So a new campaign of knock-out Champions League football has come around - and so far it has told us nothing that we did not already know.
Luis Fabianksi is not the long-term, or short-term answer to Arsenal's goalkeeping problems, Lyon always beat Real Madrid at the Stade Gerland, AC Milan remain an experienced side that just fall short, Wayne Rooney is the complete forward and Thomas Henning Ovrebo is not fit to referee in games of such importance, if any at all.
Poor referring was evident in two of the four games that took place in the re-formatted schedule of the last 16 - but despite Arsene Wenger's protestations - and he was correct in claiming that referee Martin Hansson should not have granted the ball so quickly to Porto to put themselves in a 2-1 lead - it does not mask the fact that Fabianski made a horrendous decision that smacked of panic and lack of faith in his own ability when he picked up Sol Campbell's backpass.
It was a decision you should not see from a goalkeeper of a club with aspirations that match Arsenal's. The fact that a defender they signed as emergency cover, with the likelihood of a couple of FA Cup appearances ahead of him, ended playing a Champions League Last 16 tie shows what 60,000 Arsenal fans who fill the Emirates, and everybody else has been saying for too long - their squad lacks a quality of depth particularly in the crucial spinal positions.
Over in south-west France Lyon maintained their 100% record against Real Madrid with a closely fought 1-0 win that makes it three wins out of three for them in the Champions League against Los Blancos.
Something has to give in this tie - Real have been eliminated from this stage in the last five seasons - a staggering statistic when you take into account the standing Real have in the game and the money they have spent on chasing that so far elusive 10th European Cup.
Lyon themselves have tumbled in this round in the last three seasons and they should do again when Real get them back to the Bernabeu where they have a flawless record in La Liga this season. Their 6-2 demolition of Villarreal on Sunday night should strike fear into those with Champions League aspirations this season.
Manuel Pellegrini looks to have found a system that is bringing the best out of Cristiano Ronaldo, and now Kaka, with the pair seemingly enjoying each others success, in the knowledge that between them they have the weaponry to shoot down any side that comes before them. Lyon have been knocked out by the eventual winners in the last two seasons - on this form there is every chance that Real could make it an unfortunate hat-trick.
Ronaldo's former side rode their luck before escaping with a 3-2 lead against Kaka's old side, Milan. United were truly wretched in the first-half hour at the San Siro with Ronaldinho rekindling memories of his former glories from a few years ago.
Sir Alex Ferguson's men could have had no complaints if they had found themselves three down before Paul Scholes' fortuitous equaliser. The public 'hairdrying' given to Jonny Evans, who continued his concerning form in Saturday's Premier League defeat at Goodison Park, highlighted how drastic the situation was with Milan one up.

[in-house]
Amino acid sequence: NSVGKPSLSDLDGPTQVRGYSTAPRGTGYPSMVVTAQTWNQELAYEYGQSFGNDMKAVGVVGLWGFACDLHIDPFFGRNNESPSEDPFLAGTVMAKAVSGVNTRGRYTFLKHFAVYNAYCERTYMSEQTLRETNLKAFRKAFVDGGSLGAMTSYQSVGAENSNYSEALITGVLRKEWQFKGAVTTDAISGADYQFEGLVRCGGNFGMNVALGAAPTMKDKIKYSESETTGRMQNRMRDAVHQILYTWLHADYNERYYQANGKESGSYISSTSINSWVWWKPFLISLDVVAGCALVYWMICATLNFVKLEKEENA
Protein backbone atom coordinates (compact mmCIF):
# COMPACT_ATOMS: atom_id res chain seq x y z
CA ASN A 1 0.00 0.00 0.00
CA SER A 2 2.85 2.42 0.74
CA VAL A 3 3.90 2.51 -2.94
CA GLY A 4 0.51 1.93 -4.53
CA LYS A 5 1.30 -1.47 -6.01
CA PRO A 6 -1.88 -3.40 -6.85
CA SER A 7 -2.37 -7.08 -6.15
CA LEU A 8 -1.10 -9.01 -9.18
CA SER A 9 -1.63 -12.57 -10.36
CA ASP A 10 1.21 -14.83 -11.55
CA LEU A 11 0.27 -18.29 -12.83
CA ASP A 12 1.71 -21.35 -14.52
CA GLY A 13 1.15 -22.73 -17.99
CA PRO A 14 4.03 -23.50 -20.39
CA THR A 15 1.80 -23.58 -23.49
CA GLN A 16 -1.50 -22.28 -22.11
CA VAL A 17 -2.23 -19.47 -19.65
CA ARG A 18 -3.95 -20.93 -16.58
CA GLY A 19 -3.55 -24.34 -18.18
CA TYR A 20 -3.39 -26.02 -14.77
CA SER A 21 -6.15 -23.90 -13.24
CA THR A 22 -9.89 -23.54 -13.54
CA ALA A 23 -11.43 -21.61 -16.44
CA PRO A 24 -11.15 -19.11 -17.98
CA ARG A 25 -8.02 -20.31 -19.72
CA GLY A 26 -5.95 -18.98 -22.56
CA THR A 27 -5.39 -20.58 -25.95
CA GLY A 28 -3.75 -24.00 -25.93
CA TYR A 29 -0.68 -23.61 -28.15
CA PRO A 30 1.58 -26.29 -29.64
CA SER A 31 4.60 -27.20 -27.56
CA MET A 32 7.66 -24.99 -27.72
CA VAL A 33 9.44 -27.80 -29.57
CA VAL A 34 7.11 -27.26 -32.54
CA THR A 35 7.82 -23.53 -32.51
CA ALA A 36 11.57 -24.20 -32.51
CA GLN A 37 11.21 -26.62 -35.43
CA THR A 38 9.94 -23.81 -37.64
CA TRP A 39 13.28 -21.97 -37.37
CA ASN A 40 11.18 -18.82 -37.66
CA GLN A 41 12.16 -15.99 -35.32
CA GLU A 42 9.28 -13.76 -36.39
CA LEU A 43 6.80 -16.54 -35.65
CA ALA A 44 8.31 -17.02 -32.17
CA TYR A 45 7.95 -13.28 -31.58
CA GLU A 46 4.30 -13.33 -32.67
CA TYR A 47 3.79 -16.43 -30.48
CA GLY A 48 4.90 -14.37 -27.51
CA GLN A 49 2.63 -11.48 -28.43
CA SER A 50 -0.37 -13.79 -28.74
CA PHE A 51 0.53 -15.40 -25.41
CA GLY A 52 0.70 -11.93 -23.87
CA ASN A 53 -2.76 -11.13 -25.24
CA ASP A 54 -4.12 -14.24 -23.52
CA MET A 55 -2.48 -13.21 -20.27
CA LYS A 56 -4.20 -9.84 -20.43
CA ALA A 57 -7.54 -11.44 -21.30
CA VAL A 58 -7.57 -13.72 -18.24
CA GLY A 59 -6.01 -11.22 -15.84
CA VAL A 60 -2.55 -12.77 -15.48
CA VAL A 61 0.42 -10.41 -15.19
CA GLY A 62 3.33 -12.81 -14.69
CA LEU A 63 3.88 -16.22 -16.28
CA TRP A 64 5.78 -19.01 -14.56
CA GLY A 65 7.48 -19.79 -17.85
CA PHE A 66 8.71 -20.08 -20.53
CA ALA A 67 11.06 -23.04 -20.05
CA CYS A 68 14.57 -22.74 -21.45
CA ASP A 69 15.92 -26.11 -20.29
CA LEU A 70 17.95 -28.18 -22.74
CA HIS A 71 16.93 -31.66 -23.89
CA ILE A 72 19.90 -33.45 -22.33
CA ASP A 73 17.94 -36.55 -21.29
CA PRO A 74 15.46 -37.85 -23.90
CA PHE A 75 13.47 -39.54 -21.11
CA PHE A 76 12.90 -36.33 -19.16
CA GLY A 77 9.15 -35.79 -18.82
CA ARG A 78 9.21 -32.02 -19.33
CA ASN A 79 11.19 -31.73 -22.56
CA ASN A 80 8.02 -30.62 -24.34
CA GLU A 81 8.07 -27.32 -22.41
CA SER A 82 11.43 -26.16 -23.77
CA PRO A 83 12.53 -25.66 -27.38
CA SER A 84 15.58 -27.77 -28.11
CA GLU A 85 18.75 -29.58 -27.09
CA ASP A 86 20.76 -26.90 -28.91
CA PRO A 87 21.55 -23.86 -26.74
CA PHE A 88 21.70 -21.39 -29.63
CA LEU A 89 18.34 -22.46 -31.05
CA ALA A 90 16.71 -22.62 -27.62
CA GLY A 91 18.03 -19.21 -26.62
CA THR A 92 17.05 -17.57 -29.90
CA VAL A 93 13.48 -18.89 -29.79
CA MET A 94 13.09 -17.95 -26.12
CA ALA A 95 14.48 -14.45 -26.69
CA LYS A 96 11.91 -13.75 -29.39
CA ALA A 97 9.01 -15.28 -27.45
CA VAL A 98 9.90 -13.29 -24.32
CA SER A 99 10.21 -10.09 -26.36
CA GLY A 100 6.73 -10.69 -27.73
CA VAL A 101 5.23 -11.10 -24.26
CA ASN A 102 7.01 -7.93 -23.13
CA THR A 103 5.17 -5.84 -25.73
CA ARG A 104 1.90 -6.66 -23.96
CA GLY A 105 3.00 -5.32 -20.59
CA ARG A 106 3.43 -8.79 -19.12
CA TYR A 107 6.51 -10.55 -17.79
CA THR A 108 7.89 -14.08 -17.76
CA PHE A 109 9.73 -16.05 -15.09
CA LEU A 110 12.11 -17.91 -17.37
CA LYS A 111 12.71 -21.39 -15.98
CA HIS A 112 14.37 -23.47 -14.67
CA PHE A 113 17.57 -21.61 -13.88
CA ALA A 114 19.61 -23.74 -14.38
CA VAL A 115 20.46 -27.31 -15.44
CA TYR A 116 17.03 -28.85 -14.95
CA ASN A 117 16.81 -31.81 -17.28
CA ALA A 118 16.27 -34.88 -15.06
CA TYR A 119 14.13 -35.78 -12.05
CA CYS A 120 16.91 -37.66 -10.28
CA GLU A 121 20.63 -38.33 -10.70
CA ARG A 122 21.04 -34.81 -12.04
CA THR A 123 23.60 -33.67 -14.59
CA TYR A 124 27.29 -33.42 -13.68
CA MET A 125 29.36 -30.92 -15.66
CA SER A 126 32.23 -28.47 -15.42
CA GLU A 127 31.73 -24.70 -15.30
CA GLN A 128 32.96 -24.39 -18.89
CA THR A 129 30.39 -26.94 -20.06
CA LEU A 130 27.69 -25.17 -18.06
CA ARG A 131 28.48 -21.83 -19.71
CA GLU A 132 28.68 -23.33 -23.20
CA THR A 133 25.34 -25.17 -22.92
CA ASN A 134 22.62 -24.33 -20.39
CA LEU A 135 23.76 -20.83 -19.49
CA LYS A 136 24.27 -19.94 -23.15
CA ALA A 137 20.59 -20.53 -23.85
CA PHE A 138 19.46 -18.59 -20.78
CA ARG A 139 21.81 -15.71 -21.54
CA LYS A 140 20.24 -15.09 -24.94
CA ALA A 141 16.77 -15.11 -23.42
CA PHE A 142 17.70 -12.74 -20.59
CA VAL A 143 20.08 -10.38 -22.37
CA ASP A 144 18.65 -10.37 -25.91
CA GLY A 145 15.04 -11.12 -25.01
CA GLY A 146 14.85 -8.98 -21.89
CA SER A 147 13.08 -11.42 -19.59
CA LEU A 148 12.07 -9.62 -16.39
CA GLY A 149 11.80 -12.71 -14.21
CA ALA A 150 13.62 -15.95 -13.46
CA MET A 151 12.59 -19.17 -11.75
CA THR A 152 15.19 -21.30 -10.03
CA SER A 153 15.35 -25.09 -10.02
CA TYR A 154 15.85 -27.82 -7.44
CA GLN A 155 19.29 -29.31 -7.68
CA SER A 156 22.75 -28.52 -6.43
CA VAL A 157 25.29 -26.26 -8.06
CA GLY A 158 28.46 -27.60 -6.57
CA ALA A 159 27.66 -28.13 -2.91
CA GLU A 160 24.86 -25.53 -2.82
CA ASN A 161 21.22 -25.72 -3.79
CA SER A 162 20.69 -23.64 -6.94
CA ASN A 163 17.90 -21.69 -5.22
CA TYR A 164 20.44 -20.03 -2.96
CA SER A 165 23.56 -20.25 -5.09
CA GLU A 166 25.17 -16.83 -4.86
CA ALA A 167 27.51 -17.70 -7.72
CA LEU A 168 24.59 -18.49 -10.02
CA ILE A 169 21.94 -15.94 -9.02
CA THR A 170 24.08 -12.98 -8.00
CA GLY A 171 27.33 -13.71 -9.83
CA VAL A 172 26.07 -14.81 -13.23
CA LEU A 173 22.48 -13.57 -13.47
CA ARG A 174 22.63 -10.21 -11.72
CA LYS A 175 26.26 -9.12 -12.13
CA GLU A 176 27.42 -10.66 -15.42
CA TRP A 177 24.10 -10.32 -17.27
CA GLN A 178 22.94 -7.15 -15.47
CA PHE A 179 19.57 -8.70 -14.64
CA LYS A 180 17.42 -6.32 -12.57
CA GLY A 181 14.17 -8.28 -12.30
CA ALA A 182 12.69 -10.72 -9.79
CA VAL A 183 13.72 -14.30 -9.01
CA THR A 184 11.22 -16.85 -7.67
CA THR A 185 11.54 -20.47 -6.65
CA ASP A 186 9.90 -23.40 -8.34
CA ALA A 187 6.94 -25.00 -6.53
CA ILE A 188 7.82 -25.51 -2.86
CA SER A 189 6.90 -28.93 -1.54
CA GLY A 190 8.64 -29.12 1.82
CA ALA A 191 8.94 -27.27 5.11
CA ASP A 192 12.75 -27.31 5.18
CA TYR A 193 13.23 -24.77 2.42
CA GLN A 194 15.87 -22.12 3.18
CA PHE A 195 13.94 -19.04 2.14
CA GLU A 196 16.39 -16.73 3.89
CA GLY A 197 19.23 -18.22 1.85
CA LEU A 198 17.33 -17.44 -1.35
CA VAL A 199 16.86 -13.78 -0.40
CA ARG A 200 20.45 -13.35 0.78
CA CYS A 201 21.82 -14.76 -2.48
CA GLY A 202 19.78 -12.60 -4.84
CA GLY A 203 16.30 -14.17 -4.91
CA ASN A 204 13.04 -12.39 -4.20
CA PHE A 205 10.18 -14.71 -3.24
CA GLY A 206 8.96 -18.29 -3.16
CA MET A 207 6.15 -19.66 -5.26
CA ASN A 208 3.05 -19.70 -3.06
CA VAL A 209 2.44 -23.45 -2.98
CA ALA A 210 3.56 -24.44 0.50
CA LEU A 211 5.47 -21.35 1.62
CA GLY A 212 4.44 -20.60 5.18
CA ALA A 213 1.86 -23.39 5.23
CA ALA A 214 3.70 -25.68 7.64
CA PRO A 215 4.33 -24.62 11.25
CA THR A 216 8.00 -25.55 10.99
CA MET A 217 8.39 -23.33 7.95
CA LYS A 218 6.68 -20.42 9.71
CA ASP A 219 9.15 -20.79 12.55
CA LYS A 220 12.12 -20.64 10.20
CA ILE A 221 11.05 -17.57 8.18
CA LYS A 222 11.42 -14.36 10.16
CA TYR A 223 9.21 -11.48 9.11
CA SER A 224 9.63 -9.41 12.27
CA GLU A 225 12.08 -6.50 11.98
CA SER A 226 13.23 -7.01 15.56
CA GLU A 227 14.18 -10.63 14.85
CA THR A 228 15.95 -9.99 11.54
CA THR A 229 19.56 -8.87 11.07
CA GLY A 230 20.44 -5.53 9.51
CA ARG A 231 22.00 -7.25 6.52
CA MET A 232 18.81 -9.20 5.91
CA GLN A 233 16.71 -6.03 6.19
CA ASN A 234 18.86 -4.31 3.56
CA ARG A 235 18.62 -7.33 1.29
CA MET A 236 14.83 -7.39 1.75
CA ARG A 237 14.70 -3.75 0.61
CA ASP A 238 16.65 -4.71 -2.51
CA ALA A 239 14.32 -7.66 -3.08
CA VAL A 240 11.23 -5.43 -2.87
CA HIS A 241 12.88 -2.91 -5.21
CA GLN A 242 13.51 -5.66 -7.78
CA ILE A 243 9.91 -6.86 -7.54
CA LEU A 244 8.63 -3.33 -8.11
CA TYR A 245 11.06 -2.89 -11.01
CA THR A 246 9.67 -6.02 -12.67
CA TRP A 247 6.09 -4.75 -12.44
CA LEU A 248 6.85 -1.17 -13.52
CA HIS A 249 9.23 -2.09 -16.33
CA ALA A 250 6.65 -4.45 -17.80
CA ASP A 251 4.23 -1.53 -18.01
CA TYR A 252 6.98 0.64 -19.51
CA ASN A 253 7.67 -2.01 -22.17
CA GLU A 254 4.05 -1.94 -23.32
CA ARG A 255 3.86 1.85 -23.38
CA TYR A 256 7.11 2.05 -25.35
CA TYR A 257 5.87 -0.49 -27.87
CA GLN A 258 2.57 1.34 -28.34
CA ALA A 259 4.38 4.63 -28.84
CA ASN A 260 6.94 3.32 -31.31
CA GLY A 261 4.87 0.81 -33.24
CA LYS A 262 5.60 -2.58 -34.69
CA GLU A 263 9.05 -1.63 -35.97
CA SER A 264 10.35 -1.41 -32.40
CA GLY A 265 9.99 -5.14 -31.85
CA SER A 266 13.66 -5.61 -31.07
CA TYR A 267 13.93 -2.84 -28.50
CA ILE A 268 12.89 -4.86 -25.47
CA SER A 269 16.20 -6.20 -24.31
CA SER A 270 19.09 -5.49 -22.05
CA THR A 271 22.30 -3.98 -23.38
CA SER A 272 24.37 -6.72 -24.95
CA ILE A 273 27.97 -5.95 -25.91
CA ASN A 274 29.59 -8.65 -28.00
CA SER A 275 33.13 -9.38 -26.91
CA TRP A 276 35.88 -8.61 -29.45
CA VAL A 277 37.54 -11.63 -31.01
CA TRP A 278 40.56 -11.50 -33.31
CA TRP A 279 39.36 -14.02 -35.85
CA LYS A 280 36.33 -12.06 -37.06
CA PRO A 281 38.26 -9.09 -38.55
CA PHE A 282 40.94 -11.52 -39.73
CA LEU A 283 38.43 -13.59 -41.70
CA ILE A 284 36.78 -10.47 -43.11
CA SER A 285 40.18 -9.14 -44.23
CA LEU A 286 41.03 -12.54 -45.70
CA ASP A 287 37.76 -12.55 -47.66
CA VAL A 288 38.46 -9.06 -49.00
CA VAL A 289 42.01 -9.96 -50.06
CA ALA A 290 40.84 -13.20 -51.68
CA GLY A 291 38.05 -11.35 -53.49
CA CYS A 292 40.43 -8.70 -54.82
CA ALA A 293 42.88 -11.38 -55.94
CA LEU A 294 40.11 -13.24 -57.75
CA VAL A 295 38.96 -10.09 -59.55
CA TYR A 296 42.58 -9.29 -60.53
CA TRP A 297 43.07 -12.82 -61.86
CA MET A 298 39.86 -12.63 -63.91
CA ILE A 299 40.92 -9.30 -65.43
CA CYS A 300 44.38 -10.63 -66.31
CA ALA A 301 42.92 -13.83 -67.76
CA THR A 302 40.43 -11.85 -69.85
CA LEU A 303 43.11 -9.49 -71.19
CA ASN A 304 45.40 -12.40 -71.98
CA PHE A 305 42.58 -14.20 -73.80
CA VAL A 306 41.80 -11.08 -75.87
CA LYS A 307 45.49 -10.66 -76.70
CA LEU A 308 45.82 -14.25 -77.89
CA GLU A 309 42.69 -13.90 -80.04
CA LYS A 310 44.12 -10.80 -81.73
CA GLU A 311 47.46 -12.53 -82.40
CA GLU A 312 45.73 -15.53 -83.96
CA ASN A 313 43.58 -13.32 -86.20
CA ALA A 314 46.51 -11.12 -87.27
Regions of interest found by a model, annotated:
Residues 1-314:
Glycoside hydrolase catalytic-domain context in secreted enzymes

A combination of Milan running out of steam and Man Utd gradually establishing a foothold in the game, allowed Wayne Rooney to score two quick-fire headers, that barring a calamitous turn of events that will take them into the last eight for the fourth successive season.
At the start of this current campaign Rooney was already a magnificent footballer, the perfect specimen of strength, skill and substance. The difference is, now, devoid of the defensive shackles that once held back his attacking instincts he is now the focal point of Ferguson's attack. Now, whenever he gets the ball you expect him to score. That fear factor is something defenders all over Europe have to tackle as well as the man himself.
At the semi-final stage last season Henning Ovrebo incensed anyone and everyone connected with Chelsea with his performance in their second-leg heartache against Barcelona. Whilst it may have humoured anybody anti-Chelsea - his showing in last week's tussle between Bayern Munich and Fiorentina was nothing short of shocking.
How Mark van Bommel remained on the pitch after a series of crude tackles, handballs and foul play is a mystery, as was his decision to send-off Fiorentina's Massimo Gobbi and to then allow Miroslav Klose to stay on the Allianz Arena pitch after a horror tackle of his own.
He wasn't finished there either - anyone who saw Klose's winner in the 89th minute will have rubbed their eyes when they saw a player who should have been sulking in an early bath wheeling away in celebration. As Ivica Olic played the ball into the penalty area, searching out Klose, the German international was two yards offside. At least. Still, why ruin a consistent performance Mr Ovrebo?!
With ill feeling running through the veins of Fiorentina's players the second leg could be something very special. Only Bordeaux won more points in the Group Stage so Cesar Prandelli will have every confidence in his side, righting the wrongs of Munich, when the tie moves to Florence in a fortnight's time.
The team that Ovrebo angered last year take on their most successful ever manager on Wednesday night. Expect plenty of pout, posture and preening with Jose Mourinho seeing a tie against Chelsea as a perfect opportunity to dominate the headlines for a few days.
Tedious and pointless statements will be made aplenty and it will be interesting to see who the Italian press favour with Chelsea under the charge of a man they love in Carlo Ancelotti. Whilst the English press lapped up any soundbite or excuse for copy that Jose gave them, the Italians have become rather tired of Mourinho's moaning and mitherings.
Expect the football to do none of the talking. Should fit in nicely with Chelsea in town shouldn't it?!
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